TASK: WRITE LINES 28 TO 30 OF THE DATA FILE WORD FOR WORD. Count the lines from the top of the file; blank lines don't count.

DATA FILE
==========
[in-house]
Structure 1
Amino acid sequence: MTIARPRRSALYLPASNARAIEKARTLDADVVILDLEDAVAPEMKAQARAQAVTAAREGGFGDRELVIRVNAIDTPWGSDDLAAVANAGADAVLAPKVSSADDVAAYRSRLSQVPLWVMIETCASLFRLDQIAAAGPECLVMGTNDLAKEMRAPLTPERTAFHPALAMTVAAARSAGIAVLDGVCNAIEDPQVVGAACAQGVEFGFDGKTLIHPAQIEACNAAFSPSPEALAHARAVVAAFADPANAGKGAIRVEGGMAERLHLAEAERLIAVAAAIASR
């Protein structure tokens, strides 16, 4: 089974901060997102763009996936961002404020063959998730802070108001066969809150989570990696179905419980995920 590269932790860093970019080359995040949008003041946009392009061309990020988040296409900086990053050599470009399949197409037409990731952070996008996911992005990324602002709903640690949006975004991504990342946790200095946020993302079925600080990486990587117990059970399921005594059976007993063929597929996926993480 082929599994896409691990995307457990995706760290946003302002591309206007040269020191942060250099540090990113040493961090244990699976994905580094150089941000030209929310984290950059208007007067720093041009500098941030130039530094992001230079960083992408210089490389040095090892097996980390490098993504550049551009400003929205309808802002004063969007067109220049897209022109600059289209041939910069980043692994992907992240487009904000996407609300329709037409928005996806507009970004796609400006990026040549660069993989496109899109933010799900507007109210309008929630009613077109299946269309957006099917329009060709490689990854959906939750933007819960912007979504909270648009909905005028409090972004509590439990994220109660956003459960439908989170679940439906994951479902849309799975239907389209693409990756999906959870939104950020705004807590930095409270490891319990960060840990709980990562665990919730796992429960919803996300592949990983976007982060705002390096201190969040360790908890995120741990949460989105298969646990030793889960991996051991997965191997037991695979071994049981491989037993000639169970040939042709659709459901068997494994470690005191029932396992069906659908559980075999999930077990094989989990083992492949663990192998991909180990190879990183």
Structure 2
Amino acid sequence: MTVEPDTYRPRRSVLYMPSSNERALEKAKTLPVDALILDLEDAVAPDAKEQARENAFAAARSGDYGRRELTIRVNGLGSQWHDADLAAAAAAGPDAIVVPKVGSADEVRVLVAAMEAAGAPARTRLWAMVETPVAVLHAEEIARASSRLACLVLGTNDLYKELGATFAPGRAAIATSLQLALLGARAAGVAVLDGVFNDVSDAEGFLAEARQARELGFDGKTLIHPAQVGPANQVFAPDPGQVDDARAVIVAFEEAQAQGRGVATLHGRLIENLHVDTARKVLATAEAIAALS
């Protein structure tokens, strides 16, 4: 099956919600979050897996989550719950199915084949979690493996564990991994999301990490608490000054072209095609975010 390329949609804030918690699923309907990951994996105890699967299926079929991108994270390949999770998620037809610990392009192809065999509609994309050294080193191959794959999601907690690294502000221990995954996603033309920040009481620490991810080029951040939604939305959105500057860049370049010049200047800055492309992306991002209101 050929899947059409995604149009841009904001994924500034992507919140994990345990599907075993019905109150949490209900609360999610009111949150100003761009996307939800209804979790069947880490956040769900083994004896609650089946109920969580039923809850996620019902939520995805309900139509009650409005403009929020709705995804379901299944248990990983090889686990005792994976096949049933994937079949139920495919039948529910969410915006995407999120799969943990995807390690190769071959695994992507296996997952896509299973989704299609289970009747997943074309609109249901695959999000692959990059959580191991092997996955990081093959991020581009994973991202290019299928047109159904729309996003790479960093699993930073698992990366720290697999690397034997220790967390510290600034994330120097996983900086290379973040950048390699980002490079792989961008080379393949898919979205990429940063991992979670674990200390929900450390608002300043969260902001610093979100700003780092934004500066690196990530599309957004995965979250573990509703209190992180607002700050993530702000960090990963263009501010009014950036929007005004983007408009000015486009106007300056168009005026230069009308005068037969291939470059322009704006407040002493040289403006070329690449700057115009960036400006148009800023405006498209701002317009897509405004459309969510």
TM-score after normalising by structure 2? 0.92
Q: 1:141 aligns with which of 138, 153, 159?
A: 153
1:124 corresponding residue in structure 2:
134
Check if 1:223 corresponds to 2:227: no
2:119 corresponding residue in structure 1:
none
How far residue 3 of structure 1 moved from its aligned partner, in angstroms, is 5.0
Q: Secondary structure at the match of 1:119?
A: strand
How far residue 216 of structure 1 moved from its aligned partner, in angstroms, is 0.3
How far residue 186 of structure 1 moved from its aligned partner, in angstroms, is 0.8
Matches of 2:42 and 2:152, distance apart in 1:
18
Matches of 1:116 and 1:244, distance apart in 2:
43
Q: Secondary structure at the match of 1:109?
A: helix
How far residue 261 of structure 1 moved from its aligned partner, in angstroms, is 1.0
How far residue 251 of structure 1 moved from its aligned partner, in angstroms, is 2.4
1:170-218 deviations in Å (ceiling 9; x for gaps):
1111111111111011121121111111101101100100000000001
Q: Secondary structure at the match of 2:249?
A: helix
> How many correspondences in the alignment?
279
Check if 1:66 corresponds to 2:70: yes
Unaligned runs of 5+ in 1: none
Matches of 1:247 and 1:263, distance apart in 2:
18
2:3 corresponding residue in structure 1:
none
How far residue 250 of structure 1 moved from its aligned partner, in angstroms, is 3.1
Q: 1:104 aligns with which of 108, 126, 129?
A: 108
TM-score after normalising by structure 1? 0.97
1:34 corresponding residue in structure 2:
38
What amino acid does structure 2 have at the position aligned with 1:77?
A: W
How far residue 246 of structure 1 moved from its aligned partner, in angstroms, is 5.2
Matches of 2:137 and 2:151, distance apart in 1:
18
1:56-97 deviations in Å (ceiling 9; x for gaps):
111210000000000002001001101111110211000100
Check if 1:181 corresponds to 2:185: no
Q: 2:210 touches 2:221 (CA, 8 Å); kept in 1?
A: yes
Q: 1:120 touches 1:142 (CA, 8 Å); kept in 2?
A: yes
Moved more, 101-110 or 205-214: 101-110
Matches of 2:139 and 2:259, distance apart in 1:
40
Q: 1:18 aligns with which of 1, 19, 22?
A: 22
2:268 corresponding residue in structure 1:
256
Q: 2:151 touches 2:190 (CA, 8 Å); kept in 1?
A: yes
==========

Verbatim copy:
How far residue 251 of structure 1 moved from its aligned partner, in angstroms, is 2.4
1:170-218 deviations in Å (ceiling 9; x for gaps):
1111111111111011121121111111101101100100000000001